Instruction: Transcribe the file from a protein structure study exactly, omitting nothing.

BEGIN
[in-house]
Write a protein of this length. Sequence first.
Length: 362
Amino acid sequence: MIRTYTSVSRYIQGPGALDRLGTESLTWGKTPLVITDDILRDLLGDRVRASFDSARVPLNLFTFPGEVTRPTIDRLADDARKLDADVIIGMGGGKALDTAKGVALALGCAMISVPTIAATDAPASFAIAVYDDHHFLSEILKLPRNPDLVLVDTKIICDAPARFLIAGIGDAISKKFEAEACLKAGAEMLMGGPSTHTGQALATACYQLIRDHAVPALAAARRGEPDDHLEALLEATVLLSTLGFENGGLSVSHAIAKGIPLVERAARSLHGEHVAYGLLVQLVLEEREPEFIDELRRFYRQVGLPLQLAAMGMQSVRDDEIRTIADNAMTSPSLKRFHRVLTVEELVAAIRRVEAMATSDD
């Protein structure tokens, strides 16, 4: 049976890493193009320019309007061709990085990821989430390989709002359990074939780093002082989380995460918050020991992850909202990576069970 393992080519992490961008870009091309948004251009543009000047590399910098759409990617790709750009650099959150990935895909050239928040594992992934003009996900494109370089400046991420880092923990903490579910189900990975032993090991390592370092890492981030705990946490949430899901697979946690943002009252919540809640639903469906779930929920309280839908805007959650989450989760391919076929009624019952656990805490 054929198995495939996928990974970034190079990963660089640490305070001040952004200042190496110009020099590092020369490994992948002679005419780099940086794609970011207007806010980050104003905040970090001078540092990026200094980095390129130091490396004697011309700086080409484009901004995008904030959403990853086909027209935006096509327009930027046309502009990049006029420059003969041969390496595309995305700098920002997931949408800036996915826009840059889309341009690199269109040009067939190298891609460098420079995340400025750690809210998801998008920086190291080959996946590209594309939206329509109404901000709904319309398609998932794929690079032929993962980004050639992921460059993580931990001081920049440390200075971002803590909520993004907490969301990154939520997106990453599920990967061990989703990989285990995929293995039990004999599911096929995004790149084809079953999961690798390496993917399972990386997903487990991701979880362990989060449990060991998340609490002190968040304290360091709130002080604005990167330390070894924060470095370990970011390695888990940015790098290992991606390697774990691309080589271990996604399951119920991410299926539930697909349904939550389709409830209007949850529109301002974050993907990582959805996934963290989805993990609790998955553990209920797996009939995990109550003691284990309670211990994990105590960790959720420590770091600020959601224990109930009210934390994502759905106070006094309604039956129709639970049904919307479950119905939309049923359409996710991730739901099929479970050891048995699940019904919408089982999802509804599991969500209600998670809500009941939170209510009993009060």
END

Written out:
[in-house]
Write a protein of this length. Sequence first.
Length: 362
Amino acid sequence: MIRTYTSVSRYIQGPGALDRLGTESLTWGKTPLVITDDILRDLLGDRVRASFDSARVPLNLFTFPGEVTRPTIDRLADDARKLDADVIIGMGGGKALDTAKGVALALGCAMISVPTIAATDAPASFAIAVYDDHHFLSEILKLPRNPDLVLVDTKIICDAPARFLIAGIGDAISKKFEAEACLKAGAEMLMGGPSTHTGQALATACYQLIRDHAVPALAAARRGEPDDHLEALLEATVLLSTLGFENGGLSVSHAIAKGIPLVERAARSLHGEHVAYGLLVQLVLEEREPEFIDELRRFYRQVGLPLQLAAMGMQSVRDDEIRTIADNAMTSPSLKRFHRVLTVEELVAAIRRVEAMATSDD
């Protein structure tokens, strides 16, 4: 049976890493193009320019309007061709990085990821989430390989709002359990074939780093002082989380995460918050020991992850909202990576069970 393992080519992490961008870009091309948004251009543009000047590399910098759409990617790709750009650099959150990935895909050239928040594992992934003009996900494109370089400046991420880092923990903490579910189900990975032993090991390592370092890492981030705990946490949430899901697979946690943002009252919540809640639903469906779930929920309280839908805007959650989450989760391919076929009624019952656990805490 054929198995495939996928990974970034190079990963660089640490305070001040952004200042190496110009020099590092020369490994992948002679005419780099940086794609970011207007806010980050104003905040970090001078540092990026200094980095390129130091490396004697011309700086080409484009901004995008904030959403990853086909027209935006096509327009930027046309502009990049006029420059003969041969390496595309995305700098920002997931949408800036996915826009840059889309341009690199269109040009067939190298891609460098420079995340400025750690809210998801998008920086190291080959996946590209594309939206329509109404901000709904319309398609998932794929690079032929993962980004050639992921460059993580931990001081920049440390200075971002803590909520993004907490969301990154939520997106990453599920990967061990989703990989285990995929293995039990004999599911096929995004790149084809079953999961690798390496993917399972990386997903487990991701979880362990989060449990060991998340609490002190968040304290360091709130002080604005990167330390070894924060470095370990970011390695888990940015790098290992991606390697774990691309080589271990996604399951119920991410299926539930697909349904939550389709409830209007949850529109301002974050993907990582959805996934963290989805993990609790998955553990209920797996009939995990109550003691284990309670211990994990105590960790959720420590770091600020959601224990109930009210934390994502759905106070006094309604039956129709639970049904919307479950119905939309049923359409996710991730739901099929479970050891048995699940019904919408089982999802509804599991969500209600998670809500009941939170209510009993009060």